October 07, 2021


My son, who is planting a church in a Northern Colorado city, intentionally took me for a walk through a sculpture garden recently that is located in a prominent spot in his large city. It was beautiful, convenient, and filled with people.

To my amazement, at every 30 yards or so, there was a stone statue. The whole garden was a prayer garden, and each statue was named. The farther we walked, the more I realized it was a garden designed to help you pray to ancestral spirits. This religion is called animism and is no different from the false religions we read of in the Scripture. Paul encountered this in Athens.

Now while Paul was waiting for them at Athens, his spirit was being provoked within him as he was observing the city full of idols. So he was reasoning in the synagogue with the Jews and the God-fearing Gentiles, and in the market place every day with those who happened to be present. And also, some of the Epicurean and Stoic philosophers were conversing with him. Some were saying, "What would this idle babbler wish to say?" Others, "He seems to be a proclaimer of strange deities,"—because he was preaching Jesus and the resurrection. (Acts 17:16-18)


"His spirit was being provoked within him as he was observing the city full of idols." (vs. 16)

Do idols provoke you? Most of us are no longer disturbed. Like the frog in the kettle, we are comfortable with demons and idols all around us. They do not trouble our spirit anymore. They are our entertainment. But that does not mean they are not present.

A serious-minded believer stays in such union with the Father that he recognizes false gods and is provoked, not in a harsh, condemning way, but in a broken-hearted way. And this provocation drives them to action.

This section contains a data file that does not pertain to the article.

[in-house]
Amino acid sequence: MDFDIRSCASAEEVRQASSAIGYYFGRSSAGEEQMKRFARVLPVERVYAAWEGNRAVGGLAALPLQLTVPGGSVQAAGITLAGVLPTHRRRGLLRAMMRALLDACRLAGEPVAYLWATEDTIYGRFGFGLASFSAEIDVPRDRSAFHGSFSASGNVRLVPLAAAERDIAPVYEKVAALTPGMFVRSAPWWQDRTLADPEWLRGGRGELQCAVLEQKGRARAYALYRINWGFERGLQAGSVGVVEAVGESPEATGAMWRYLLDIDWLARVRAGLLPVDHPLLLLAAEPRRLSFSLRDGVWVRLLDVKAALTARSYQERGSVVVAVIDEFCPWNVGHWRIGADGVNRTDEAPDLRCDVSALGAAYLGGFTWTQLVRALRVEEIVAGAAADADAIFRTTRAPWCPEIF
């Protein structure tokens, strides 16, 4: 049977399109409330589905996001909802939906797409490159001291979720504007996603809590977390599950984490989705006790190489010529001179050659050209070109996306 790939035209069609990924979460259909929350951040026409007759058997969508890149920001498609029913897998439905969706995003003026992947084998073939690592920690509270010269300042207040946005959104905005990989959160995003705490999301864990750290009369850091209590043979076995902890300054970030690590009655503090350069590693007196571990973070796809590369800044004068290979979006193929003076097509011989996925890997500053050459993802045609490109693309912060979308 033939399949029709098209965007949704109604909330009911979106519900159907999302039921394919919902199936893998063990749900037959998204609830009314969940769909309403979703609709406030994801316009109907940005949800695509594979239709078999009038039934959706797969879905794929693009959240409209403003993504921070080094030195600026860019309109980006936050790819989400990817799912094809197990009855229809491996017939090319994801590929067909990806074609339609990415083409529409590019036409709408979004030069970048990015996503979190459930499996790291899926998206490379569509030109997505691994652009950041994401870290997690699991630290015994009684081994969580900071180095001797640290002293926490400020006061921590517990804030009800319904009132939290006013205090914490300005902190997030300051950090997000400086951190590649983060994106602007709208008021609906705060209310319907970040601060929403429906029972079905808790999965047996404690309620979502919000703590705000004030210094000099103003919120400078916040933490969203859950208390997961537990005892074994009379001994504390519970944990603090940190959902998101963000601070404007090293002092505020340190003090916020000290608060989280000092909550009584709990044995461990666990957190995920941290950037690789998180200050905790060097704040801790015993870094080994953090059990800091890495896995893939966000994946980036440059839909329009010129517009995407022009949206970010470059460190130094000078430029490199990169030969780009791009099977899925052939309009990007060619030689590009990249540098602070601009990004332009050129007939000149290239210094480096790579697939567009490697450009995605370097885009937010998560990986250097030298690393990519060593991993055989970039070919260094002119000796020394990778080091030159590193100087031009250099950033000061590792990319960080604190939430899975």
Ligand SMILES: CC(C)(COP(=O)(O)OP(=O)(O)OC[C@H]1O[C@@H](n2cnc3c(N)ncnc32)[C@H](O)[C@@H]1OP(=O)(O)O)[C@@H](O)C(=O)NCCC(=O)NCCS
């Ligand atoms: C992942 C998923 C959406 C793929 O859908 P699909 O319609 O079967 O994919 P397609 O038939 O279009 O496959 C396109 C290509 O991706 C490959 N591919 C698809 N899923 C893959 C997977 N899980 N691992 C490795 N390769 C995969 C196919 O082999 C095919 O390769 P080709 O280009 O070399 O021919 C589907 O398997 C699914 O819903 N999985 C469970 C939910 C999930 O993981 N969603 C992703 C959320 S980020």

"So he was reasoning in the synagogue with the Jews and the God-fearing Gentiles, and in the market place every day with those who happened to be present … he was preaching Jesus and the resurrection." (vs. 17-18)

Notice Paul's immediate responses.

  • He reasoned in the synagogue (place of worship)
  • In the market place 
  • Every day (he did not let up)
  • With those who happened to be present. He was not particular, nor did he feel like he had to have some strategic plan related to a group of people. Everyone needed Jesus and whoever was present was the recipient of his message.


 His constant message was very clear and direct. It contained three primary points.

  1. You are seeking a God you don't know.
  • You are very religious.
  • I want to tell you about the unknown God that you're worshiping.
  1. Here is the God you're seeking.
  • He made the world and all things in it.
  • He is the Lord of heaven and earth/
  • He doesn't need anything since He Himself gives life, breath, and all things.
  • He made every nation from one man.
  • He determines our appointed times and boundaries.
  • He determined that we should seek Him, and He is not far from you.
  • In Him, we live, move, and exist.
  • But, he is not like gold, silver, or stone, an image formed by the art and thought of man. (He's different from all the gods you worship)
  1. This God is going to judge the world and judge you.
  • He is calling you to repent,
  • Because He is going to judge the world one day,
  • Through Jesus, who was raised from the dead.


Some men joined him and believed. (vs. 34)

Some scoffed at him. Some persecuted him. But some believed, and it was for those and for God's reputation that he shared the gospel unceasingly.

Our task is no different. Is your spirit provoked by what is happening around you in our culture? What people are worshiping? The blatant attention we are giving false gods? Then you must lovingly, passionately, and unceasingly proclaim the truth about the one true God.

If you do, some will join you and believe.

Father, give us Your eyes to see what is really happening around us. Remind us that we are not wrestling against flesh and blood opponents, but spiritual wickedness in high places. And give us the courage to proclaim the good news found in our resurrected Lord.



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